News Bulletins

Hotels Being Sued For Failed Compliance with American Disability Act

R. Schulte, Esq. In Ohio, Columbus area hotels are being sued for their violations of Title III of Americans with Disabilities Act, also known as the ADA (42 U.S.C. § 12101 et seq.). The Act, signed into law on July 26, 1991, is a comprehensive civil rights law that prohibits discrimination based on disability in important areas of American life, such as employment to architectural access. Title III of the Act prohibits discrimination in the activities of places of public accommodation and requires places of public accommodation to comply with ADA standards and to be readily accessible to, and independently …


Three Years After the San Bruno Blast and Still Much to Be Resolved

Elise Sanguinetti, Esq. It has been three years since the Pacific Gas & Electric pipeline blast destroyed a neighborhood and took 8 lives in San Bruno. Today, emotional and physical damage are not something of the past, but an everyday reality. Many residents and critics of PG& E are disappointed with the lack of accountability and safety that remain all this time later. Beyond living in an environment of empty lots and construction, residents are left to wonder whether they are truly safe from the same pipeline dangers that once destroyed their homes. After the blast, the National Transportation Safety …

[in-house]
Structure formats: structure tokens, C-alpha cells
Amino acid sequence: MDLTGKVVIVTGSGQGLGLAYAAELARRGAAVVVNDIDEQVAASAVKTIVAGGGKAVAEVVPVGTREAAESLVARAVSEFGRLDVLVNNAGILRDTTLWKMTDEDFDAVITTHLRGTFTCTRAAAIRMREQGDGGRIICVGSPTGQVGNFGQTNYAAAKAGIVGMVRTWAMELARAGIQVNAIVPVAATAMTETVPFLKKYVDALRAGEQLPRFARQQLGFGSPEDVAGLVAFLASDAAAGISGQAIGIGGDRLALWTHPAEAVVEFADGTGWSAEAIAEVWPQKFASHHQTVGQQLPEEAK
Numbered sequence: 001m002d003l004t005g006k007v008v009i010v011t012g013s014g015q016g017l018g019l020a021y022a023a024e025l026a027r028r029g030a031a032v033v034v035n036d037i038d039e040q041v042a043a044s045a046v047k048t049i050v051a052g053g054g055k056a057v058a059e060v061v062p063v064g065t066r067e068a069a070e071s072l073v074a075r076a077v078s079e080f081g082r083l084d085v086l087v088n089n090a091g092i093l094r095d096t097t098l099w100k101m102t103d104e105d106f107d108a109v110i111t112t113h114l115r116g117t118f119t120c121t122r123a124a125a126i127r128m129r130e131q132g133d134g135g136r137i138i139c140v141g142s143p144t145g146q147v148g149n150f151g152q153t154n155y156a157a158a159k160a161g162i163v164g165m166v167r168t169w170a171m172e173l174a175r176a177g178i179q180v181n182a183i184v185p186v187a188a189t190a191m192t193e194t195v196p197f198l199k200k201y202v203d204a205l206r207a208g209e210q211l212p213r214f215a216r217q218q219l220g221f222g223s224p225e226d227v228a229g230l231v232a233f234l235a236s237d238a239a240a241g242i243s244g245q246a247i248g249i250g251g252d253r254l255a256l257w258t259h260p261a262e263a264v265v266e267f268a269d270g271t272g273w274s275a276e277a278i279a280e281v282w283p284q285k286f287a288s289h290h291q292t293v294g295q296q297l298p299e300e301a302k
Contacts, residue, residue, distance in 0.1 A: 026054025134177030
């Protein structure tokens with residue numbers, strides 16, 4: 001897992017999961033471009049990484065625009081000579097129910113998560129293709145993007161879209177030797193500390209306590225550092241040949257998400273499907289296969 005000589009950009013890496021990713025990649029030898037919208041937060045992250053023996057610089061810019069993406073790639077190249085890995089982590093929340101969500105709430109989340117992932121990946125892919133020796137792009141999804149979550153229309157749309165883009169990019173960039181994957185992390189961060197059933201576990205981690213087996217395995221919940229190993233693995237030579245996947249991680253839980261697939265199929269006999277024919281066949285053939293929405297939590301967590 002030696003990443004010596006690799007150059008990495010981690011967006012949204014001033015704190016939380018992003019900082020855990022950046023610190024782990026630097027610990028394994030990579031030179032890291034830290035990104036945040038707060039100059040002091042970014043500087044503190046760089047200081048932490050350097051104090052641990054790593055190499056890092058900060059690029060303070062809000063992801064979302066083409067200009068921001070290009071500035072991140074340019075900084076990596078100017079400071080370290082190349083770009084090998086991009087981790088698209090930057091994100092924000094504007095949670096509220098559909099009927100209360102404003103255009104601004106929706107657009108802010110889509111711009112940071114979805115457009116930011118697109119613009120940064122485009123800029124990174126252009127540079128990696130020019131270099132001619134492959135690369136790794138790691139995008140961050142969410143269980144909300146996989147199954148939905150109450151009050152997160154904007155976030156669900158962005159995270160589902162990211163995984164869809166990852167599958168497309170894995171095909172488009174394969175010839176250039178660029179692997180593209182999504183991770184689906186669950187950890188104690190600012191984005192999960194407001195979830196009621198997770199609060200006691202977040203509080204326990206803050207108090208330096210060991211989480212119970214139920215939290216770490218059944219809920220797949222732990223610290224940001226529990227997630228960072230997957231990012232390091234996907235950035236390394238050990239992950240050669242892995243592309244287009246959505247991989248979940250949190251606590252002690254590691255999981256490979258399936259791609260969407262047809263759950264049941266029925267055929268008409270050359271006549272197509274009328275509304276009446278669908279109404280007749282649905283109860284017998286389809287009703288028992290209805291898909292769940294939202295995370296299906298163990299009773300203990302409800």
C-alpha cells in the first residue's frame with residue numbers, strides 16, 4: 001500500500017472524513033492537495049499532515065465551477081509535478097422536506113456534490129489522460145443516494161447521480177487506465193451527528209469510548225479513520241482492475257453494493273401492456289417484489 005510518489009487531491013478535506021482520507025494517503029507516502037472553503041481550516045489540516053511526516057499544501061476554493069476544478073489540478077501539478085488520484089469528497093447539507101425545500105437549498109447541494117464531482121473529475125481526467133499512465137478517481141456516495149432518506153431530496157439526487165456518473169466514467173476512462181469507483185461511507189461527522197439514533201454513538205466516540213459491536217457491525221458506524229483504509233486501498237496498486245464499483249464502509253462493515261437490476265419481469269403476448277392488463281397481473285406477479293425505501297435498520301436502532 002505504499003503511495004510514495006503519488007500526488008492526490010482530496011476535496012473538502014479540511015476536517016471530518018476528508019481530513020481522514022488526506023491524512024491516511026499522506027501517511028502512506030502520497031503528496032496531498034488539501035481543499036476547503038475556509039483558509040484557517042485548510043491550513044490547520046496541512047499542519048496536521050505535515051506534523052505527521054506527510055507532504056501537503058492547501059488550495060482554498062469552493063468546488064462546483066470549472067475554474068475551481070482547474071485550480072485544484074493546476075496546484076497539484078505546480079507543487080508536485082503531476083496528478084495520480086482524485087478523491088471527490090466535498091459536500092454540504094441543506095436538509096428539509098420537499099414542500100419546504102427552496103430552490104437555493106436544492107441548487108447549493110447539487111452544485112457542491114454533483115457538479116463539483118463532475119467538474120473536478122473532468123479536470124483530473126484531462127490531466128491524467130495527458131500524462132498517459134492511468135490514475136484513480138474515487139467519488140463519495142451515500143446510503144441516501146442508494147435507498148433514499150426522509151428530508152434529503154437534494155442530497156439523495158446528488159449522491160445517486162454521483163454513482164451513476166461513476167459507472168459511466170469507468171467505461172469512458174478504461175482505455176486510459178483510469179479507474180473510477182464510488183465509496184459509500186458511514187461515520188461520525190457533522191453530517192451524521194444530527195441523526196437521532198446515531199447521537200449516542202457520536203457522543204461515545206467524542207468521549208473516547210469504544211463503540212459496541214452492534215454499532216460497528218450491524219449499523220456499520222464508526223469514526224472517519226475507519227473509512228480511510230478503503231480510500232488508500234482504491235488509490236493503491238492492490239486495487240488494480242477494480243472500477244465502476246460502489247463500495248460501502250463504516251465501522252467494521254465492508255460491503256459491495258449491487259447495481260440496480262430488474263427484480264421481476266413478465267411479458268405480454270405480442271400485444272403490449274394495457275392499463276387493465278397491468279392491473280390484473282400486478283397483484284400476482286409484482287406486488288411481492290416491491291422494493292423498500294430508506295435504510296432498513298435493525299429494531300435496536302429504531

Alabama football player Kelly Johnson and his fraternity named in suit

A starter on the Crimson Tide football eam and his fraternity are named in a federal lawsuit that accuses the player of assault two years ago at an off-campus party. Kelly Gregory Johnson and Sigma Chi are among the defendants in a personal injury suit filed Friday in U.S. District Court in Birmingham. The civil suit, filed on behalf of plaintiff Logan Herring, alleges that fraternity members provided alcohol to underage members and guests at a “pledge event” held at Johnson’s home.


US Supreme Court upholds SC redistricting lines

    South Carolina’s redrawn state house and congressional maps were allowed to stand Monday, as the U.S. Supreme Court summarily affirmed a federal court’s ruling that the state’s new lines are fair and don’t discriminate against racial minorities. Six black voters from Florence, Sumter, Georgetown, Berkeley, Darlington and Charleston counties sued Gov. Nikki Haley, the Legislature and other state officials earlier this year. They claimed the GOP-dominated state Legislature drew lines that segregate white and black voters into election districts and pack black voters into one congressional district, calling it “voting apartheid.” Read more here:


“Tort Reform” Hurts People We All Want to Help – Not the People We Don’t

I recently read a statement by a physician who was the tragic victim of medical malpractice.  He was enraged by the fact that a very preventable form a cancer had not been detected by a physician he was treating with.  The doctor was furious that he is going to die unnecessarily because another doctor made such a mistake.  The negligent doctor who missed his cancer had a history of committing malpractice, but had been allowed to continue practicing medicine.  Worse yet, this man has come to understand that  Indiana’s arbitrary cap on medical malpractice damages is going to leave his …


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